BEIJING • Senior executives from Starbucks, Nissan Motor and SAP are playing down concerns about China's slowdown and further potential depreciation of the yuan, with plans to sell more coffee, cars and software in the world's second-biggest economy.
"When you look at the fundamentals, there is nothing wrong with the development of the Chinese economy," Nissan chief executive officer Carlos Ghosn said in an interview in Detroit.
"Particularly for the car industry, I look at China as having a very low level of motorisation still."
Vehicle ownership in China is at about 100 cars per 1,000 residents, far below levels in the United States and Europe, and "it's not going to stay there", said Mr Ghosn.
That echoed the perspective of Starbucks' China head, Mr John Culver, who intends to speed up expansion in major Chinese cities to satisfy the growing middle class. Starbucks plans to open about 500 new stores in the year ending Sept 27 in China, the Seattle-based coffee chain's fastest-growing market, up from 450 the year before.
The companies are betting on higher sales as consumption and corporate spending grows even as yuan volatility and a sustained decline in the currency would erode the value of profits they generate in China.
"We have no intention of slowing down and we remain very optimistic and bullish on the opportunities that Starbucks has in China, both in the short term as well as in the long term," Mr Culver, Starbucks' president for China and the Asia-Pacific region, said in a phone interview on Tuesday.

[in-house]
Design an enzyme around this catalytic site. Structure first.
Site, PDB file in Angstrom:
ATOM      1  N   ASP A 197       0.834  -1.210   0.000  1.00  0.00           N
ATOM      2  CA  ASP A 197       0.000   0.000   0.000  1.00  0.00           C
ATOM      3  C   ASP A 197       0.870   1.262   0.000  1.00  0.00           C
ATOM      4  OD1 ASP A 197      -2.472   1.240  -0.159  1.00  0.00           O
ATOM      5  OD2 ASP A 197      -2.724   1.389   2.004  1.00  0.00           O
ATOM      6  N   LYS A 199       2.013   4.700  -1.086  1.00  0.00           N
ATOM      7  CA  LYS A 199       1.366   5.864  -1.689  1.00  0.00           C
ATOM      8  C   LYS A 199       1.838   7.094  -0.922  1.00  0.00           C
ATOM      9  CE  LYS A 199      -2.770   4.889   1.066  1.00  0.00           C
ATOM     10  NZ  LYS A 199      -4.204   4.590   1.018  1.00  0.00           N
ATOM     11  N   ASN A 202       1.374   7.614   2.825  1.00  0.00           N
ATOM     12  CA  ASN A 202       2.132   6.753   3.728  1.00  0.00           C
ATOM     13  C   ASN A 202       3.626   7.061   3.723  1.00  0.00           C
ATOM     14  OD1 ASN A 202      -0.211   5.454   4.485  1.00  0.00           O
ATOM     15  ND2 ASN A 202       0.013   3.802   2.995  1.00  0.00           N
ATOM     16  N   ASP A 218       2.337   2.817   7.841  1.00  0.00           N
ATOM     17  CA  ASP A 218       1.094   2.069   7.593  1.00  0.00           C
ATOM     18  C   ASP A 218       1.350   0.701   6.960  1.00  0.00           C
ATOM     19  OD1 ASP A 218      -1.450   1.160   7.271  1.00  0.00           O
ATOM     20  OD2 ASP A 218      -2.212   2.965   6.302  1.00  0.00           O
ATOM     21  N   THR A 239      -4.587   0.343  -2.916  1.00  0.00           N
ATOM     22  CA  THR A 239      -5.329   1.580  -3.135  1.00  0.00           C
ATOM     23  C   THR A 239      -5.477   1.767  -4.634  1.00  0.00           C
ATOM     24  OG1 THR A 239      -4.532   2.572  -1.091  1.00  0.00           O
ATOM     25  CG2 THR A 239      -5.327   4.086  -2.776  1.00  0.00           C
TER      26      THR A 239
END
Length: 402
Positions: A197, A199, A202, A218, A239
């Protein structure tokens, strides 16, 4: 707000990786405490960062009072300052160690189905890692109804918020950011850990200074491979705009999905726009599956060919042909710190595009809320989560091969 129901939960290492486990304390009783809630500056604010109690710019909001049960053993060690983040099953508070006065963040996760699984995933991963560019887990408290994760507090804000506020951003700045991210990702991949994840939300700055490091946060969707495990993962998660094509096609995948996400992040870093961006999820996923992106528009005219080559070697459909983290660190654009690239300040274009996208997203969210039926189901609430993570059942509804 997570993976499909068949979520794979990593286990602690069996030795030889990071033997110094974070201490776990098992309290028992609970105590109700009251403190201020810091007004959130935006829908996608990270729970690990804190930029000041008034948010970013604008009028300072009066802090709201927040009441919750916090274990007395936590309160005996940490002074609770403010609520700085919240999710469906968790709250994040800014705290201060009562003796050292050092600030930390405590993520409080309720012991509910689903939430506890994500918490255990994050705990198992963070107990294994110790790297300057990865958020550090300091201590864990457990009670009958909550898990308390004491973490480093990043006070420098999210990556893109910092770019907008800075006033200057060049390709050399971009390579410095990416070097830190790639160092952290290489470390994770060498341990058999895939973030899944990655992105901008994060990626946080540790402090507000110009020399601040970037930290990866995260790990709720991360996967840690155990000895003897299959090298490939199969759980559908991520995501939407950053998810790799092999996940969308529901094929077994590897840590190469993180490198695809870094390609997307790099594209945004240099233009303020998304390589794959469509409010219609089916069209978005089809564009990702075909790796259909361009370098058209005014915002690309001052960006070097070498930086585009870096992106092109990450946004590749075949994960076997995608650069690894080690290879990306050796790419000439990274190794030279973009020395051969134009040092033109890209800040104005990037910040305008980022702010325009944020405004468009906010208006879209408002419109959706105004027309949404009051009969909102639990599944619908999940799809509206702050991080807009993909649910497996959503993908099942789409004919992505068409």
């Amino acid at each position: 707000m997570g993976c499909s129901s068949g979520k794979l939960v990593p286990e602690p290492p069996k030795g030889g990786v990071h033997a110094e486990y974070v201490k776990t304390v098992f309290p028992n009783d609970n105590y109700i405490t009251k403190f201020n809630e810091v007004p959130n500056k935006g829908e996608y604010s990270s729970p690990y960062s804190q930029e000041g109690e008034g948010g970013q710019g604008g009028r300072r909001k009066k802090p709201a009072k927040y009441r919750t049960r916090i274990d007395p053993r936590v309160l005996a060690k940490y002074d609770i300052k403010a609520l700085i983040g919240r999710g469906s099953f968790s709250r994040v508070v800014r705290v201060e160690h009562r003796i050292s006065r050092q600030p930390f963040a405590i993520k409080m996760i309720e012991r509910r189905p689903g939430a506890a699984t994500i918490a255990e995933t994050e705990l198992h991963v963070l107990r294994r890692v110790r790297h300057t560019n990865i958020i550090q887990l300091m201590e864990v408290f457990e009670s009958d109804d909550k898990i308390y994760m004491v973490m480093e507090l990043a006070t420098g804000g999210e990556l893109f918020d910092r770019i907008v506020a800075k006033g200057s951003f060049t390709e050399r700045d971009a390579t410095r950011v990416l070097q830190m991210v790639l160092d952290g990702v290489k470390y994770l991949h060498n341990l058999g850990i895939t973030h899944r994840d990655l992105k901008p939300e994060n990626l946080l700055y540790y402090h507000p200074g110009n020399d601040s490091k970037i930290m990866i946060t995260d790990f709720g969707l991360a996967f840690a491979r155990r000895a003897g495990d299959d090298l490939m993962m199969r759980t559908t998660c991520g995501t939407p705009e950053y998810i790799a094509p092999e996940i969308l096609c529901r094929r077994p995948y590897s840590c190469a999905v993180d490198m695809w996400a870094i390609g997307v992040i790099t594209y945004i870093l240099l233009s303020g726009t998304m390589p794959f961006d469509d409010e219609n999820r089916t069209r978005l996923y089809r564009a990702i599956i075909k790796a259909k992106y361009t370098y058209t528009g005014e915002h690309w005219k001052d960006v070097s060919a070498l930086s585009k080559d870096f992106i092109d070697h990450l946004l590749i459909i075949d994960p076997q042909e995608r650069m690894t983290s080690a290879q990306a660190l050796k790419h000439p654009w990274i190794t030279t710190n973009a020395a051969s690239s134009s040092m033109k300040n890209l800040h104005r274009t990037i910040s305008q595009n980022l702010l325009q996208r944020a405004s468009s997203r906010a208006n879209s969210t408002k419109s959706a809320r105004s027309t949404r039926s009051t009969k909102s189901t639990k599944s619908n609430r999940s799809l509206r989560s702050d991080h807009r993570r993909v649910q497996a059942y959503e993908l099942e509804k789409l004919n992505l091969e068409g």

Concerns over China's economy have hurt markets from Shanghai to New York, with government officials pushing back against expectations that the yuan will continue to depreciate rapidly to prop up the slowing economy.
The type of volatility seen in China's stock market is common in emerging markets and can create opportunities, Asia's richest man, Mr Wang Jianlin said on Tuesday, after announcing the US$3.5 billion (S$5 billion) takeover of Hollywood film company Legendary Entertainment by his Dalian Wanda Group.
In China, where Nissan is the biggest Japanese carmaker, the company in November predicted "healthy growth" for vehicle sales this year, with industrywide sales set to grow an average of 5 per cent this year. Japan's three largest carmakers each sold more than one million vehicles in China last year for the first time on record.
Last October, as China was seeing its slowest growth in a quarter-century, Swedish clothing chain H&M and Uniqlo-maker Fast Retailing also voiced confidence about adding to their exposure there despite the economic slowdown.
SAP chief executive Bill McDermott said at a briefing on Monday in Singapore, before the German software maker reported sales that topped analysts' estimates: "If China sneezes, the world gets some kind of cold, but I wouldn't bet against China."
Given Asia's rising middle class and the job creation that will support, "we have to be focused on this almost single-handedly", he said.